For three years I have tried everything to appease these angry

gods. But they don’t answer. And now I am confused and

terribly frightened.”

Simon asked Manjula, “If Jesus would heal you and make

you well, what would you do?” Without hesitating she replied,

If your Jesus Christ can heal me and make me well, I will serve

R e v o l u t i o n i n Wo r l d Mi s s i o n s


Him the rest of my life.” Simon further explained to her about

the reality of God’s love and how Jesus Christ, the only Savior,

could set her free from sin and save her from eternal damnation.

God in His grace opened Manjula’s eyes to see the truth. She

decided to call upon Jesus to forgive her sin and save her. Simon

knelt beside her and prayed for Jesus to heal her. As he prayed

aloud, he also fervently prayed in his heart, “Lord Jesus, this

may be my only opportunity to see this entire village come to

You. Please, Lord, for Your kingdom’s sake, touch her and heal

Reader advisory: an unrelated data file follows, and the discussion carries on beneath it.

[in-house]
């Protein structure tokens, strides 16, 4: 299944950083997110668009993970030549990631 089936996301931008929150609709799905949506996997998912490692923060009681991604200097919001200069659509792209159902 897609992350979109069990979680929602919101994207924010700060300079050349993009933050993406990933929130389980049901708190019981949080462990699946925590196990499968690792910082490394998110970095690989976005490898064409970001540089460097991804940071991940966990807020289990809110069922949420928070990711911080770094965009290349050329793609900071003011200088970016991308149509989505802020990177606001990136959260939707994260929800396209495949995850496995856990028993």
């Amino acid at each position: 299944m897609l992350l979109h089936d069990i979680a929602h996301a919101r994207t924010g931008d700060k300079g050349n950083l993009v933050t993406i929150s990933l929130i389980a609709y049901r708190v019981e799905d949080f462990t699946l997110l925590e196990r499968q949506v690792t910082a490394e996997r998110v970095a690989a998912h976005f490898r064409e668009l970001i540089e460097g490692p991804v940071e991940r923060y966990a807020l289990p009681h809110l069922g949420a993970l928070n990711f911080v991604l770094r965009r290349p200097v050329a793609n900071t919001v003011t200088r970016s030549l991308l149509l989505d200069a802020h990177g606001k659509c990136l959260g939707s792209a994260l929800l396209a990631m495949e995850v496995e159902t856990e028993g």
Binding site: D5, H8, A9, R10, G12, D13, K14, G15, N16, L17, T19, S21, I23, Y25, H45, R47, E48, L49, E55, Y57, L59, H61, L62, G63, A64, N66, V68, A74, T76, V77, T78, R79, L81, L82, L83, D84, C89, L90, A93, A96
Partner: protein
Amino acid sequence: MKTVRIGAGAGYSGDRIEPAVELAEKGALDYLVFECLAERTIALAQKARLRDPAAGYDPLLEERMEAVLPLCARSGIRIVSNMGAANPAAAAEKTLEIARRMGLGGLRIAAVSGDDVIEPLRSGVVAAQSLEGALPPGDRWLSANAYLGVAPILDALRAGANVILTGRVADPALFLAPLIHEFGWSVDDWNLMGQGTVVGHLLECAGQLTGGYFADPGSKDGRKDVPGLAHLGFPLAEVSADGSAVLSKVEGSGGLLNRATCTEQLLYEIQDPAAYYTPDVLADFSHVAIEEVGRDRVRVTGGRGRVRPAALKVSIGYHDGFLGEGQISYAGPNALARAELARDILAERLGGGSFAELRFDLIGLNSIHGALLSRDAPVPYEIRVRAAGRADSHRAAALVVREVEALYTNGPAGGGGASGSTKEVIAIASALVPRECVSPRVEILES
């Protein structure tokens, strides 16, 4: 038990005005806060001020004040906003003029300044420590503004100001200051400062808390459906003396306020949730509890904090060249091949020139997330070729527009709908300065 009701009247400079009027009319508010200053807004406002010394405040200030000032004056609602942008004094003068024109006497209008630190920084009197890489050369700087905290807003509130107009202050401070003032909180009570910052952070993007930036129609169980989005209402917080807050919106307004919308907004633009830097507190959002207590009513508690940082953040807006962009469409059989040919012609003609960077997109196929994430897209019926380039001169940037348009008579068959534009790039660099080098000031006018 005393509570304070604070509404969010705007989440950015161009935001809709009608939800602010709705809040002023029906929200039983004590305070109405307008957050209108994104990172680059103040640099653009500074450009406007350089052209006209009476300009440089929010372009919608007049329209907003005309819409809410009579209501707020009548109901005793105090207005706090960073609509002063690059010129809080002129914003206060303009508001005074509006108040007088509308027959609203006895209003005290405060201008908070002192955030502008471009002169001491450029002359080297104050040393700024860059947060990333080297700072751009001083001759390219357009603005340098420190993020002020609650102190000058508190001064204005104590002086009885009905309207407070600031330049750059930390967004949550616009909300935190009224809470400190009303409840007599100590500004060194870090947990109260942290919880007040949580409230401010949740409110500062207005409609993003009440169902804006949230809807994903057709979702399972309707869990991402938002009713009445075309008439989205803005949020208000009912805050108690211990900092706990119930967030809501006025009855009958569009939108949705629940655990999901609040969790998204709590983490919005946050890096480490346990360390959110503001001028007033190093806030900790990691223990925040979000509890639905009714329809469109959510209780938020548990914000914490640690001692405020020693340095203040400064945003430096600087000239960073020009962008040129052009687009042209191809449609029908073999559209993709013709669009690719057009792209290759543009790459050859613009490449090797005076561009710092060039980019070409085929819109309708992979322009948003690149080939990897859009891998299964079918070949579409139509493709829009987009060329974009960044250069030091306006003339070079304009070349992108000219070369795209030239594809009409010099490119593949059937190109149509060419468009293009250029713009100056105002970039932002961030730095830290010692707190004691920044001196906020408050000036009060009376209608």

her. Your Word says that You will work with me, confirming

Your Word, and that miracles would be a sign for these people

to believe in You.”

As Brother Simon finished praying for Manjula, the power of

the Holy Spirit and the grace of God instantly touched her, and

she was delivered and healed immediately. Within a few hours

she was running around, shouting with joy, “Thank you, Jesus!

Thank you, Jesus! Thank you, Jesus!”

Hearing the commotion, a large crowd gathered in front of

Manjula’s house to see what was going on. There she was, a

woman who had been paralyzed for three years, now completely

healed. With tears running down her face, she was praising Jesus

and shouting His name. Manjula became the first individual in

her village to believe in Jesus.

The following week, more than 20 people gave their lives to

Christ and were baptized. Manjula opened her house for these

new believers to come regularly and worship the Lord Jesus

Christ. Just like in Acts 19, when the Ephesian church had its

beginning, all evil practices and rituals were completely eradicated;

and there was a whole new beginning for this village.

Simon began to preach the Gospel in the neighboring villages

as well, and even more people began to come to the Lord

Jesus Christ.

C o n c l u s i o n


Hearing about these events, our leaders from the training